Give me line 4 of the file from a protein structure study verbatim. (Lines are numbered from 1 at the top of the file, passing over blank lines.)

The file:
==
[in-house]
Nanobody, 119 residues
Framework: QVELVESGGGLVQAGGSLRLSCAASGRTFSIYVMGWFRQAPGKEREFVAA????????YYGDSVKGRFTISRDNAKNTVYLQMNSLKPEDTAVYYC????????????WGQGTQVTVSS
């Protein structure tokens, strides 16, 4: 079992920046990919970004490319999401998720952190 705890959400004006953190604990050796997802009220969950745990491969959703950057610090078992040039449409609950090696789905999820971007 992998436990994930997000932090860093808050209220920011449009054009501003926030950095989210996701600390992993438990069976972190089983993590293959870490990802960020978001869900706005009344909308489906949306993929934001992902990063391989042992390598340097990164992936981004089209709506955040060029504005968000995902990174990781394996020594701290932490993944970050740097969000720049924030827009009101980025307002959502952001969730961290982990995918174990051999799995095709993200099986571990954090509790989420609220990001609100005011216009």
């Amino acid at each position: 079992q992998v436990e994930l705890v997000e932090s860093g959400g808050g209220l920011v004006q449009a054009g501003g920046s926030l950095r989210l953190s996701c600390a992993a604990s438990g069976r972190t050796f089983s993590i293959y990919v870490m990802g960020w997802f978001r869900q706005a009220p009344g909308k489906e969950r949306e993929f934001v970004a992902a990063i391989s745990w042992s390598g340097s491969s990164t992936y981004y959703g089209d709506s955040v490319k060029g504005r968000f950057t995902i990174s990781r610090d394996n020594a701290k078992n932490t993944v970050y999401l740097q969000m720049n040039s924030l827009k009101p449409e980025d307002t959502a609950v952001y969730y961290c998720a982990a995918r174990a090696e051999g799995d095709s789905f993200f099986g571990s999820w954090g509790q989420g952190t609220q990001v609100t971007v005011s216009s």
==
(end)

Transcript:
């Protein structure tokens, strides 16, 4: 079992920046990919970004490319999401998720952190 705890959400004006953190604990050796997802009220969950745990491969959703950057610090078992040039449409609950090696789905999820971007 992998436990994930997000932090860093808050209220920011449009054009501003926030950095989210996701600390992993438990069976972190089983993590293959870490990802960020978001869900706005009344909308489906949306993929934001992902990063391989042992390598340097990164992936981004089209709506955040060029504005968000995902990174990781394996020594701290932490993944970050740097969000720049924030827009009101980025307002959502952001969730961290982990995918174990051999799995095709993200099986571990954090509790989420609220990001609100005011216009």